Crest Quotes (displaying: 1 - 30 of 50 quotes )
I must passed the crest a while ago. And now I am going down. Strange to have crossed the crest and not to know, But the brambles were always catching the hem of my gown. And the morning I thought how proud I should be. To stand there straight as a queen, Wrapped in the wind and the sun with the world under me. But the air was dull; there was little I could have seen. It was nearly level along the beaten track. And the brambles caught in my gown. But it's no use now to think of turning back, The rest of the way will be only going down.
Come inside."Shelby tilted her head just enough to rest it briefly on his shoulder as they walked to the door. "I'm relying on your word that I'll walk out again in one piece at the end of the weekend."He only grinned. "I told you my stand on playing the mediator."Thanks a lot." She glanced up at the door, noting the heavy brass crest that served as a door knocker. The MacGregor lion stared coolly at her with its Gaelic motto over its crowned head. "Your father isn't one to hide his light under a bushel,is he?"Let's just say he has a strong sense of family pride." Alan lifted the knocker, then let it fall heavily against the thick door. Shelby imagined the sound would vibrate into every nook and cranny in the house. "The Clan MacGregor," Alan began in a low rolling burr, "is one of the few permitted to use the crown in their crest.Good blood. Strong stock.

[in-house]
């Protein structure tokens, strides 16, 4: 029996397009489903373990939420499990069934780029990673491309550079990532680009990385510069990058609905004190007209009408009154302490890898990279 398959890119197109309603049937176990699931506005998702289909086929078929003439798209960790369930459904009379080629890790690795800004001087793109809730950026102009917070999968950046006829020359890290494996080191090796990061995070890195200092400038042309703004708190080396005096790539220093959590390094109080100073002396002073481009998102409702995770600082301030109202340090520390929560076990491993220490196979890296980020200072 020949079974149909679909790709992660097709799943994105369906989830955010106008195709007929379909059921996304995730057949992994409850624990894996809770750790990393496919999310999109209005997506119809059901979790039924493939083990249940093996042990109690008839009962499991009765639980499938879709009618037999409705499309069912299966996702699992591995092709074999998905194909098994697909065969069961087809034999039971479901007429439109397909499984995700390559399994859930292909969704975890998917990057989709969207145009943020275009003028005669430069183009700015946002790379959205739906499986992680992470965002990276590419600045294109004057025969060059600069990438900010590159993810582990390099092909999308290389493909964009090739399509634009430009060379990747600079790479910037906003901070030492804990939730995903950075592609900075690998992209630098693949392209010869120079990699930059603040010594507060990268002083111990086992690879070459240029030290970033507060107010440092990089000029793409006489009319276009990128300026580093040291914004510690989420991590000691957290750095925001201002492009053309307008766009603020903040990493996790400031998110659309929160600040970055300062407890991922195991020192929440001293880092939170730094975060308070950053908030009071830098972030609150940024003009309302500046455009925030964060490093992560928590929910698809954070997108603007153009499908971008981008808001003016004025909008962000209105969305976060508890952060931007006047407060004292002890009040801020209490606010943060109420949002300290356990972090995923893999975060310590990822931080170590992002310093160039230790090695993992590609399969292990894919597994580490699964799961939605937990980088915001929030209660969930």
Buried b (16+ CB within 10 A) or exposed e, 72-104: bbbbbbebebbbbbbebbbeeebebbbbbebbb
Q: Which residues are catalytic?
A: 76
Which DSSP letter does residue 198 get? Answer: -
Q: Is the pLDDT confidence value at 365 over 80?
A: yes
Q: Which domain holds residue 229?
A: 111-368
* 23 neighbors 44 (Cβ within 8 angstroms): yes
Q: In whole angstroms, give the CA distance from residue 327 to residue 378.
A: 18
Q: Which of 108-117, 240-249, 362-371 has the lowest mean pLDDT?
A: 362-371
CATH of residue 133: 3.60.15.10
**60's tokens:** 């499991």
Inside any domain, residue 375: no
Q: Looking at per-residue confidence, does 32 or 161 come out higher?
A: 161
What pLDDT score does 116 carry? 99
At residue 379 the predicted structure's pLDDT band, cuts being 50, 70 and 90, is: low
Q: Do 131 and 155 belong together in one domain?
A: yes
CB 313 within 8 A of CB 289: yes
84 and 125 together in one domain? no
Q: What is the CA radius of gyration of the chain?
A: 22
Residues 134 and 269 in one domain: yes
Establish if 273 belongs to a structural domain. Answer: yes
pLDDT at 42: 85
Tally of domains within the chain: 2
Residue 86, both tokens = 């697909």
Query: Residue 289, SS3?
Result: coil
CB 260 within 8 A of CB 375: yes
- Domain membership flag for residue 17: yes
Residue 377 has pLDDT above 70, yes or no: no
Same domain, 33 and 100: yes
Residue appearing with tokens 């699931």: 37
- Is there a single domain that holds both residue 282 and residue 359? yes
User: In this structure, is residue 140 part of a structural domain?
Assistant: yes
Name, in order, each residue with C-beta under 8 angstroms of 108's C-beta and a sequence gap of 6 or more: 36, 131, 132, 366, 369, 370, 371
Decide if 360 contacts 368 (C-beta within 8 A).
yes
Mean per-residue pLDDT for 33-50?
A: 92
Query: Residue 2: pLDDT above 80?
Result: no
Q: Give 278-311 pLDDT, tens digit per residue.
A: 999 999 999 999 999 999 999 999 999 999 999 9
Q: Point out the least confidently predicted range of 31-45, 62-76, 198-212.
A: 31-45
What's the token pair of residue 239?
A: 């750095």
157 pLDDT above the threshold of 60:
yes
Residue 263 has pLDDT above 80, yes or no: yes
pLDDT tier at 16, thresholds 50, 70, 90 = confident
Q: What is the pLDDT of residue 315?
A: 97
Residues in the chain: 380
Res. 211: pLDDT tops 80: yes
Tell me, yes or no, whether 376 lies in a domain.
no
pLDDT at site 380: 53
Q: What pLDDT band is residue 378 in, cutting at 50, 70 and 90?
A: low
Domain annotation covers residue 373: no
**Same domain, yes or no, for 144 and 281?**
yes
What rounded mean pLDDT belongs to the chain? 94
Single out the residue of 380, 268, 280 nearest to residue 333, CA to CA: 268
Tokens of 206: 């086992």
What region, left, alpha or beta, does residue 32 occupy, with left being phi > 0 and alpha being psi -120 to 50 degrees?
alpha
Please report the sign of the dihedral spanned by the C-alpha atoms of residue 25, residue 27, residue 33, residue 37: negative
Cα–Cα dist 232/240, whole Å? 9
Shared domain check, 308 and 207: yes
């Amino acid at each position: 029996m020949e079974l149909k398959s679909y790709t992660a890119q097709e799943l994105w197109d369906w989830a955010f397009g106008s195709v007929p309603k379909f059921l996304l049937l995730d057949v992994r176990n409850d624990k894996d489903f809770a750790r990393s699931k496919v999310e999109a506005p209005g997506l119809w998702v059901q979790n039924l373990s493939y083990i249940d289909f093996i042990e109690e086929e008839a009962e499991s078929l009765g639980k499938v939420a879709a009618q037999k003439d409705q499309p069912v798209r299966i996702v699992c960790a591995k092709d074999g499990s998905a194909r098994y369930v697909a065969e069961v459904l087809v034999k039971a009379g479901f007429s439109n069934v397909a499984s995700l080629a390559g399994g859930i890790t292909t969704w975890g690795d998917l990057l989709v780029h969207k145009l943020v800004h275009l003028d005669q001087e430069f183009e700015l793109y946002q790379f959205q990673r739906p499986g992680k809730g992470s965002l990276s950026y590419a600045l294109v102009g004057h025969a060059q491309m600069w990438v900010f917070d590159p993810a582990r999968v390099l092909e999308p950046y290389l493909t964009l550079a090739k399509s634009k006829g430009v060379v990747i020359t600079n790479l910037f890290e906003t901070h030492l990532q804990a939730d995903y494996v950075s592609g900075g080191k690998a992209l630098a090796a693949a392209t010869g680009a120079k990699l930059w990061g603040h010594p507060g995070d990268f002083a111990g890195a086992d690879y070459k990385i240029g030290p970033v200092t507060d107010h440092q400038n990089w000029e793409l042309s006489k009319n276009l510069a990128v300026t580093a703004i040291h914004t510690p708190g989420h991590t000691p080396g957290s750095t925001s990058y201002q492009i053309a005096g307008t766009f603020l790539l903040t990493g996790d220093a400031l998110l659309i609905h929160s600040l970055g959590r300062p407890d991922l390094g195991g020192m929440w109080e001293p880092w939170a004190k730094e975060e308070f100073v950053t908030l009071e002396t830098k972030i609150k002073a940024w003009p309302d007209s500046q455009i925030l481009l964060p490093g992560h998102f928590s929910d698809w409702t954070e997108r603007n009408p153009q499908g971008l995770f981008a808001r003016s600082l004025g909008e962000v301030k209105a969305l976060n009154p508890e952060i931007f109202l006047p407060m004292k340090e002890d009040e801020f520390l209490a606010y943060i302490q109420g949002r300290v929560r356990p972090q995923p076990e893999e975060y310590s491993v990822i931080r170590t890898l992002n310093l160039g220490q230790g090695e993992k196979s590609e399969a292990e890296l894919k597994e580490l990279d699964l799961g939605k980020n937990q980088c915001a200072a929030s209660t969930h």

She bent her finger and then straightened it. The mystery was in the instant before it moved, the dividing moment between not moving and moving, when her intention took effect. It was like a wave breaking. If she could only find herself at the crest, she thought, she might find the secret of herself, that part of her that was really in charge. She brought her forefinger closer to her face and stared at it, urging it to move. It remained still because she was pretending... . And when she did crook it finally, the action seemed to start in the finger itself, not in some part of her mind.
A Robin said: The Spring will never come, And I shall never care to build again. A Rosebush said: These frosts are wearisome, My sap will never stir for sun or rain. The half Moon said: These nights are fogged and slow, I neither care to wax nor care to wane. The Ocean said: I thirst from long ago, Because earth's rivers cannot fill the main. — When Springtime came, red Robin built a nest, And trilled a lover's song in sheer delight. Grey hoarfrost vanished, and the Rose with might Clothed her in leaves and buds of crimson core. The dim Moon brightened. Ocean sunned his crest, Dimpled his blue, yet thirsted evermore.
And at the word alone, Will felt a great wave of rage and despair moving outwards from a place deep within him, as if his mind were an ocean that some profound convulsion had disturbed. All his life he'd been alone, and now he must be alone again, and this infinitely precious blessing that had come to him must be taken away almost at once. He felt the wave build higher and steeper to darken the sky, he felt the crest tremble and begin to spill, he felt the great mass crashing down with the whole weight of the ocean behind it against the iron-bound coast of what had to be. And he felt himself crying aloud with more anger and pain than he had ever felt in his life, and he found Lyra just as helpless in his arms. But as the wave expended its force and the waters withdrew, the bleak rocks remained; there was no arguing with fate; neither his despair nor Lyra's had moved them a single inch.